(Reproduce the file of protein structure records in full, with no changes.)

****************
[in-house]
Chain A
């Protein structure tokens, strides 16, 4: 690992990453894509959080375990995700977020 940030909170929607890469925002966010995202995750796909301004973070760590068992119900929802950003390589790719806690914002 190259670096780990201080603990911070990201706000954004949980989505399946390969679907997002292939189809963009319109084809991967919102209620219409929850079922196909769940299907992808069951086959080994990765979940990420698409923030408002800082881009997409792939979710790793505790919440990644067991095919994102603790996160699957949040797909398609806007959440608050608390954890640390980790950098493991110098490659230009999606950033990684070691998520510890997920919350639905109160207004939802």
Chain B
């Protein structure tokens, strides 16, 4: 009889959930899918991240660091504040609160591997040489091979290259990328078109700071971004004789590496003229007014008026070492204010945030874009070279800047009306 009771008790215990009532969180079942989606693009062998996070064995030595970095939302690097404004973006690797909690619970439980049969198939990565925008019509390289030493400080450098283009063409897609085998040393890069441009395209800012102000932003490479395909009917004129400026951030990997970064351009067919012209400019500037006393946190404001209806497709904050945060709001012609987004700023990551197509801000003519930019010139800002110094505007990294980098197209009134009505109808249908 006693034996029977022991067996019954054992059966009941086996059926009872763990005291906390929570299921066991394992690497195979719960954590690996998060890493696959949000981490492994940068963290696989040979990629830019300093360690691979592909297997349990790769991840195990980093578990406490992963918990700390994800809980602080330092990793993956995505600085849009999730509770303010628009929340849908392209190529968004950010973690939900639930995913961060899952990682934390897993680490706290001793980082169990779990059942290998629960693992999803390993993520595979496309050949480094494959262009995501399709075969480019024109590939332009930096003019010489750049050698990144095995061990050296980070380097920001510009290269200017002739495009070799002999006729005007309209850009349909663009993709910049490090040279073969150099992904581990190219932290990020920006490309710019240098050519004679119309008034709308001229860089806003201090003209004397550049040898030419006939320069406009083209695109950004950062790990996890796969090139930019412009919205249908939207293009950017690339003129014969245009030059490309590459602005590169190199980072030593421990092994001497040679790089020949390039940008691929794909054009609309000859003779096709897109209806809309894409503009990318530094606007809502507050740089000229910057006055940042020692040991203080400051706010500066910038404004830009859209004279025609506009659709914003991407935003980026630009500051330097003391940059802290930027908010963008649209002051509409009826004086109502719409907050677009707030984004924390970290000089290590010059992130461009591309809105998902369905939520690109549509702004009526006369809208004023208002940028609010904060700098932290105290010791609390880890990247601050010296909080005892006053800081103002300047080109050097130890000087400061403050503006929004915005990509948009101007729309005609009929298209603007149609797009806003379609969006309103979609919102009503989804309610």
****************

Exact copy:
[in-house]
Chain A
């Protein structure tokens, strides 16, 4: 690992990453894509959080375990995700977020 940030909170929607890469925002966010995202995750796909301004973070760590068992119900929802950003390589790719806690914002 190259670096780990201080603990911070990201706000954004949980989505399946390969679907997002292939189809963009319109084809991967919102209620219409929850079922196909769940299907992808069951086959080994990765979940990420698409923030408002800082881009997409792939979710790793505790919440990644067991095919994102603790996160699957949040797909398609806007959440608050608390954890640390980790950098493991110098490659230009999606950033990684070691998520510890997920919350639905109160207004939802």
Chain B
């Protein structure tokens, strides 16, 4: 009889959930899918991240660091504040609160591997040489091979290259990328078109700071971004004789590496003229007014008026070492204010945030874009070279800047009306 009771008790215990009532969180079942989606693009062998996070064995030595970095939302690097404004973006690797909690619970439980049969198939990565925008019509390289030493400080450098283009063409897609085998040393890069441009395209800012102000932003490479395909009917004129400026951030990997970064351009067919012209400019500037006393946190404001209806497709904050945060709001012609987004700023990551197509801000003519930019010139800002110094505007990294980098197209009134009505109808249908 006693034996029977022991067996019954054992059966009941086996059926009872763990005291906390929570299921066991394992690497195979719960954590690996998060890493696959949000981490492994940068963290696989040979990629830019300093360690691979592909297997349990790769991840195990980093578990406490992963918990700390994800809980602080330092990793993956995505600085849009999730509770303010628009929340849908392209190529968004950010973690939900639930995913961060899952990682934390897993680490706290001793980082169990779990059942290998629960693992999803390993993520595979496309050949480094494959262009995501399709075969480019024109590939332009930096003019010489750049050698990144095995061990050296980070380097920001510009290269200017002739495009070799002999006729005007309209850009349909663009993709910049490090040279073969150099992904581990190219932290990020920006490309710019240098050519004679119309008034709308001229860089806003201090003209004397550049040898030419006939320069406009083209695109950004950062790990996890796969090139930019412009919205249908939207293009950017690339003129014969245009030059490309590459602005590169190199980072030593421990092994001497040679790089020949390039940008691929794909054009609309000859003779096709897109209806809309894409503009990318530094606007809502507050740089000229910057006055940042020692040991203080400051706010500066910038404004830009859209004279025609506009659709914003991407935003980026630009500051330097003391940059802290930027908010963008649209002051509409009826004086109502719409907050677009707030984004924390970290000089290590010059992130461009591309809105998902369905939520690109549509702004009526006369809208004023208002940028609010904060700098932290105290010791609390880890990247601050010296909080005892006053800081103002300047080109050097130890000087400061403050503006929004915005990509948009101007729309005609009929298209603007149609797009806003379609969006309103979609919102009503989804309610």